Tuesday, May 21, 2024

Our Person Of The Year

THE PROTESTER? Yes, in case you have not heard, Time Magazine, one of the oldest, most prestigious news magazines in the world, has announced the winner of its coveted “Person of the Year” Award for 2011. The winner is “The Protester.” I have a sneaking suspicion that, in this case, the award is being given for what the magazine deems to be a positive contribution, not a negative one. It hails the Occupy Wall Street protesters for what they have done, although, as far as this writer is concerned, they have done nothing positive and much that is negative in their quest to bring anarchy to this country. Time delineates the important role that protesters in Egypt, Tunisia, Libya and Yemen have played in changing the dynamics in their countries. Again, it seems that all that those protesters have accomplished is to bring to positions of leadership and influence Islamist governments that threaten the United States and the entire world in a way that is frankly very, very, scary.

Don’t mind Time Magazine. This is not the first time that it seems to have an amazing capacity to feel a sense of affinity for and to be dan lekaf zechus those seeking to bring down the United States.


That being said, Time’s interesting choice got me thinking. Who should we, frum Jews, choose as “Person of the Year”? Who is the ideal person of the year in our book? Whose conduct changes the world for the good, day in and day out? Who has really made a difference this year?




The answer is the unsung heroes of Klal Yisroel. The unsung heroes who live in today’s world, which is full of nisyonos.


A world that, in one day, presents as many difficult nisyonos as our forefathers faced in a lifetime. Nisyonos that threaten to destroy the Jewish nation. Still, despite all of this, these unsung heroes are striving and fighting to do the right thing, day in and day out.


Who are these unsung heroes? They are you, and you, and you, who are reading this.


The unsung heroes, the real “People of the Year,” are those who dig deep into their pockets and give tzedakah from the money that they need for themselves to those who have even less than they. The people who support yeshivos, valiantly biting into necessities, not luxuries, because Hashem, His needs and the needs of His needy nation are higher on their priority list than their own needs.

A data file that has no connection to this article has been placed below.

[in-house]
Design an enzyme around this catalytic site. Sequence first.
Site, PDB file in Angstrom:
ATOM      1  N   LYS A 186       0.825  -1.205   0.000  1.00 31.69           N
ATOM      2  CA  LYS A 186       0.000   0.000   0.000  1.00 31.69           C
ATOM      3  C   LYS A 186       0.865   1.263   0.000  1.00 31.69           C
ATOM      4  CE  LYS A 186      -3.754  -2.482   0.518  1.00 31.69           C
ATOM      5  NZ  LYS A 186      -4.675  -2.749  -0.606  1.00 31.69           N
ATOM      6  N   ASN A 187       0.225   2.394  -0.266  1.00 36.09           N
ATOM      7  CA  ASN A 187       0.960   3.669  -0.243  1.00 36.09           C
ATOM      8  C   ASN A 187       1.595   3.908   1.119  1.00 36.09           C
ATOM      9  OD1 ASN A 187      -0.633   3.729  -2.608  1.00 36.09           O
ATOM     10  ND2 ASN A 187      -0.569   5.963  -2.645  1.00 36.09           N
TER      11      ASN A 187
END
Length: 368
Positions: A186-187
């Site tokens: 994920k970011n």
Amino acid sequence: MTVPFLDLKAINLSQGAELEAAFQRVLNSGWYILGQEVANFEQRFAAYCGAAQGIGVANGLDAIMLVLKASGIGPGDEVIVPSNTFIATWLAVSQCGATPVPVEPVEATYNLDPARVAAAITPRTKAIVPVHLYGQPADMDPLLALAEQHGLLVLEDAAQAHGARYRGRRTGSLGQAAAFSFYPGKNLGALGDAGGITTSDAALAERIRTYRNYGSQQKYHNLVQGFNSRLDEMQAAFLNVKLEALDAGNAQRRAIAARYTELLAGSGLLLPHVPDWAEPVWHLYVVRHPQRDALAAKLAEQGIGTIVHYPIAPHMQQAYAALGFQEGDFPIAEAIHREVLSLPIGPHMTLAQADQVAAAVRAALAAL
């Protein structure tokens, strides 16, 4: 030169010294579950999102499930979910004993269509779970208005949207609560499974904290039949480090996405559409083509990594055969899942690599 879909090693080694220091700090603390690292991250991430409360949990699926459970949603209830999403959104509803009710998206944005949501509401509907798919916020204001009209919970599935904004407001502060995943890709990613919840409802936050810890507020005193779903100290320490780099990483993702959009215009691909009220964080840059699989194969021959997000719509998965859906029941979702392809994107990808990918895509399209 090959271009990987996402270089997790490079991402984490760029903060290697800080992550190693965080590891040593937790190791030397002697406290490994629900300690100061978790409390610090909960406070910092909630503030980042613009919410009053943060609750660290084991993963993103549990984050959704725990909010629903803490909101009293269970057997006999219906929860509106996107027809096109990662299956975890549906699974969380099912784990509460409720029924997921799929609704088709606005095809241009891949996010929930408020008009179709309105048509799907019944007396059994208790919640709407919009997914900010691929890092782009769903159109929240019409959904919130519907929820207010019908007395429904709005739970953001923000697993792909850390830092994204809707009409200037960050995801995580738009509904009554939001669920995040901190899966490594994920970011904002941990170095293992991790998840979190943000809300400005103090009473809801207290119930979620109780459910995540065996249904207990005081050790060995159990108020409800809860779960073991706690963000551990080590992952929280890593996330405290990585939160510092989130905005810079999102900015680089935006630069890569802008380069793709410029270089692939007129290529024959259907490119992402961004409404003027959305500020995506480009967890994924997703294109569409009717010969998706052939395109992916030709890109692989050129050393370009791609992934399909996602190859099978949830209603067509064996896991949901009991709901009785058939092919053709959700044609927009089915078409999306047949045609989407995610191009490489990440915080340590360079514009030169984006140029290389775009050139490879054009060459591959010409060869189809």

The Person of the Year is the kollel yungerman who runs to seder with a sense of urgency, not even wanting to be one minute late. It is the kollel yungerman who will never make an appointment during seder and the kollel yungerman who tells the doctor’s office, “I have a very demanding job and the only time I have available is bein hasedorim or at night!”


The Person of the Year is the amazing baal habayis who wakes up in the pre-dawn hours of the morning to start his day with a learning seder before heading off to work. It is the Yid who learns on the bus on the way to the city, swaying along with the bumps with a furrowed brow, trying to concentrate on a blatt Gemara. It is the Yid who is nosei venosein be’emunah, conducting business faithfully and making a kiddush Hashem through his exemplary, ethical conduct in the workplace. It is the Yid who comes home after a grueling day and a difficult commute, greets his wife, does some homework with his children, and then runs to catch a learning seder with his chavrusah. We sometimes see these valiant heroes in shul after 11 p.m., with eyes red and bloodshot from fatigue, as they learn one more Rashi and one more Tosafos.


The Person of the Year is the Jewish mother, the remarkable Yiddishe mammas who manage to juggle their myriad roles, raising and lovingly nurturing a large family while simultaneously juggling countless other duties, whether it is helping to earn parnassah, sometimes solely earning parnassah, doing homework with multiple children, being involved in life-altering chessed projects…and the list goes on.